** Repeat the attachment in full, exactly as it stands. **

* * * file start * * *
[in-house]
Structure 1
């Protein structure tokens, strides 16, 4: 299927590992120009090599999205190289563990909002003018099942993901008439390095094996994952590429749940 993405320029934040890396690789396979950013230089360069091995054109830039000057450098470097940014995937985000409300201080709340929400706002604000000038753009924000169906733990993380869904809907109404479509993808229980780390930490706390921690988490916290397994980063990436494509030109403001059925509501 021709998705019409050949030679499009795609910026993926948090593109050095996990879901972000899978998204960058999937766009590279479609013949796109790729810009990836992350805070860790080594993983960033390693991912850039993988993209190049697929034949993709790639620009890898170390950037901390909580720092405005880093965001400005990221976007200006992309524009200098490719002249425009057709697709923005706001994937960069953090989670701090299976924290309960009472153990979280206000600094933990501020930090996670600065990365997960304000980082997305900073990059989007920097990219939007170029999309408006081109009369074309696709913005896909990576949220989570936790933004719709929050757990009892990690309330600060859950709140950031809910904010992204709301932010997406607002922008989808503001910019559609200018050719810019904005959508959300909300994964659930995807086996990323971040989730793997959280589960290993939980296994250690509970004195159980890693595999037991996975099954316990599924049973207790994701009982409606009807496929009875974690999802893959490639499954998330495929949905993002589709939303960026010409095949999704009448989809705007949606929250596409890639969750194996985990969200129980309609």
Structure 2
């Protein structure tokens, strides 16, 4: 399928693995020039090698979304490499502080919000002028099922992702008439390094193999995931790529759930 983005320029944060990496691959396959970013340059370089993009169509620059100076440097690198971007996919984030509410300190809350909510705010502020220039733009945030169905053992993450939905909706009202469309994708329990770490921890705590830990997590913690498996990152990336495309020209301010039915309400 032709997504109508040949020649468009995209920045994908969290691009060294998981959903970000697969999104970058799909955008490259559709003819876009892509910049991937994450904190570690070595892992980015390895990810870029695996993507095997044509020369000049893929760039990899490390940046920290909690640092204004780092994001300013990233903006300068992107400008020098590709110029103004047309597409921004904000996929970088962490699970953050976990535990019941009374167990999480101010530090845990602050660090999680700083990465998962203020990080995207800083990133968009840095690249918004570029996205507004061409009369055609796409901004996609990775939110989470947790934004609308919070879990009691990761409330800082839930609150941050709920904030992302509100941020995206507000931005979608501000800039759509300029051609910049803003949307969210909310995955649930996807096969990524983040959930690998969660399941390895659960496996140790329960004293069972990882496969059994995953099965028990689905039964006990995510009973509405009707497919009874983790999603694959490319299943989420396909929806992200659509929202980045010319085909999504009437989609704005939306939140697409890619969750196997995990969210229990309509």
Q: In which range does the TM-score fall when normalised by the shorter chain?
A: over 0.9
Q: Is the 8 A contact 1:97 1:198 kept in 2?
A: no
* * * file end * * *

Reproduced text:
[in-house]
Structure 1
């Protein structure tokens, strides 16, 4: 299927590992120009090599999205190289563990909002003018099942993901008439390095094996994952590429749940 993405320029934040890396690789396979950013230089360069091995054109830039000057450098470097940014995937985000409300201080709340929400706002604000000038753009924000169906733990993380869904809907109404479509993808229980780390930490706390921690988490916290397994980063990436494509030109403001059925509501 021709998705019409050949030679499009795609910026993926948090593109050095996990879901972000899978998204960058999937766009590279479609013949796109790729810009990836992350805070860790080594993983960033390693991912850039993988993209190049697929034949993709790639620009890898170390950037901390909580720092405005880093965001400005990221976007200006992309524009200098490719002249425009057709697709923005706001994937960069953090989670701090299976924290309960009472153990979280206000600094933990501020930090996670600065990365997960304000980082997305900073990059989007920097990219939007170029999309408006081109009369074309696709913005896909990576949220989570936790933004719709929050757990009892990690309330600060859950709140950031809910904010992204709301932010997406607002922008989808503001910019559609200018050719810019904005959508959300909300994964659930995807086996990323971040989730793997959280589960290993939980296994250690509970004195159980890693595999037991996975099954316990599924049973207790994701009982409606009807496929009875974690999802893959490639499954998330495929949905993002589709939303960026010409095949999704009448989809705007949606929250596409890639969750194996985990969200129980309609």
Structure 2
């Protein structure tokens, strides 16, 4: 399928693995020039090698979304490499502080919000002028099922992702008439390094193999995931790529759930 983005320029944060990496691959396959970013340059370089993009169509620059100076440097690198971007996919984030509410300190809350909510705010502020220039733009945030169905053992993450939905909706009202469309994708329990770490921890705590830990997590913690498996990152990336495309020209301010039915309400 032709997504109508040949020649468009995209920045994908969290691009060294998981959903970000697969999104970058799909955008490259559709003819876009892509910049991937994450904190570690070595892992980015390895990810870029695996993507095997044509020369000049893929760039990899490390940046920290909690640092204004780092994001300013990233903006300068992107400008020098590709110029103004047309597409921004904000996929970088962490699970953050976990535990019941009374167990999480101010530090845990602050660090999680700083990465998962203020990080995207800083990133968009840095690249918004570029996205507004061409009369055609796409901004996609990775939110989470947790934004609308919070879990009691990761409330800082839930609150941050709920904030992302509100941020995206507000931005979608501000800039759509300029051609910049803003949307969210909310995955649930996807096969990524983040959930690998969660399941390895659960496996140790329960004293069972990882496969059994995953099965028990689905039964006990995510009973509405009707497919009874983790999603694959490319299943989420396909929806992200659509929202980045010319085909999504009437989609704005939306939140697409890619969750196997995990969210229990309509």
Q: In which range does the TM-score fall when normalised by the shorter chain?
A: over 0.9
Q: Is the 8 A contact 1:97 1:198 kept in 2?
A: no